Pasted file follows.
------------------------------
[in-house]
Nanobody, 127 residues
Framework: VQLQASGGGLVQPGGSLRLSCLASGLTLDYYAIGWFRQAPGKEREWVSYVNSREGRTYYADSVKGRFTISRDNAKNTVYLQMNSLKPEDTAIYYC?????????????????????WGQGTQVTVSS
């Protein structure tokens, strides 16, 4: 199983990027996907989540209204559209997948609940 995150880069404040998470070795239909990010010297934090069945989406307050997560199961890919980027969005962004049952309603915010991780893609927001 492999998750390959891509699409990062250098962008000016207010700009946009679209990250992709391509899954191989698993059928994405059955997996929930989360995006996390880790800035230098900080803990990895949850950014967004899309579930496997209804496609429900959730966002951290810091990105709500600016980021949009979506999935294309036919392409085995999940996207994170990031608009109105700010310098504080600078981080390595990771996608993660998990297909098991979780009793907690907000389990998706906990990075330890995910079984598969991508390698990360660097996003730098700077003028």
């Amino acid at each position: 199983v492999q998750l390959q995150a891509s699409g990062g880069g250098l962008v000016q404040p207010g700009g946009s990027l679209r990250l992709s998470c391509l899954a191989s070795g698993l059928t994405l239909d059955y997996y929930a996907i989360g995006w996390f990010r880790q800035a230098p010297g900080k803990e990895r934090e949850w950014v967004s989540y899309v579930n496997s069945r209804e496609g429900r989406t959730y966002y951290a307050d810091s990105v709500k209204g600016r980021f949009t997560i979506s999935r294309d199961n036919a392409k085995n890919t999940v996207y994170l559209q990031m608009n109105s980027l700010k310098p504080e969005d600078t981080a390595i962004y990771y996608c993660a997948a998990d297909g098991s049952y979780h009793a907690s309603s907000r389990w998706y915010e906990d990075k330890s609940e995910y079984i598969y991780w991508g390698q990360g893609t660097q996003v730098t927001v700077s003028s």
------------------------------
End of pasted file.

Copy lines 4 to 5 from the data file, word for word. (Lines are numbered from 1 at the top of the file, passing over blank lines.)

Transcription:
């Protein structure tokens, strides 16, 4: 199983990027996907989540209204559209997948609940 995150880069404040998470070795239909990010010297934090069945989406307050997560199961890919980027969005962004049952309603915010991780893609927001 492999998750390959891509699409990062250098962008000016207010700009946009679209990250992709391509899954191989698993059928994405059955997996929930989360995006996390880790800035230098900080803990990895949850950014967004899309579930496997209804496609429900959730966002951290810091990105709500600016980021949009979506999935294309036919392409085995999940996207994170990031608009109105700010310098504080600078981080390595990771996608993660998990297909098991979780009793907690907000389990998706906990990075330890995910079984598969991508390698990360660097996003730098700077003028």
């Amino acid at each position: 199983v492999q998750l390959q995150a891509s699409g990062g880069g250098l962008v000016q404040p207010g700009g946009s990027l679209r990250l992709s998470c391509l899954a191989s070795g698993l059928t994405l239909d059955y997996y929930a996907i989360g995006w996390f990010r880790q800035a230098p010297g900080k803990e990895r934090e949850w950014v967004s989540y899309v579930n496997s069945r209804e496609g429900r989406t959730y966002y951290a307050d810091s990105v709500k209204g600016r980021f949009t997560i979506s999935r294309d199961n036919a392409k085995n890919t999940v996207y994170l559209q990031m608009n109105s980027l700010k310098p504080e969005d600078t981080a390595i962004y990771y996608c993660a997948a998990d297909g098991s049952y979780h009793a907690s309603s907000r389990w998706y915010e906990d990075k330890s609940e995910y079984i598969y991780w991508g390698q990360g893609t660097q996003v730098t927001v700077s003028s």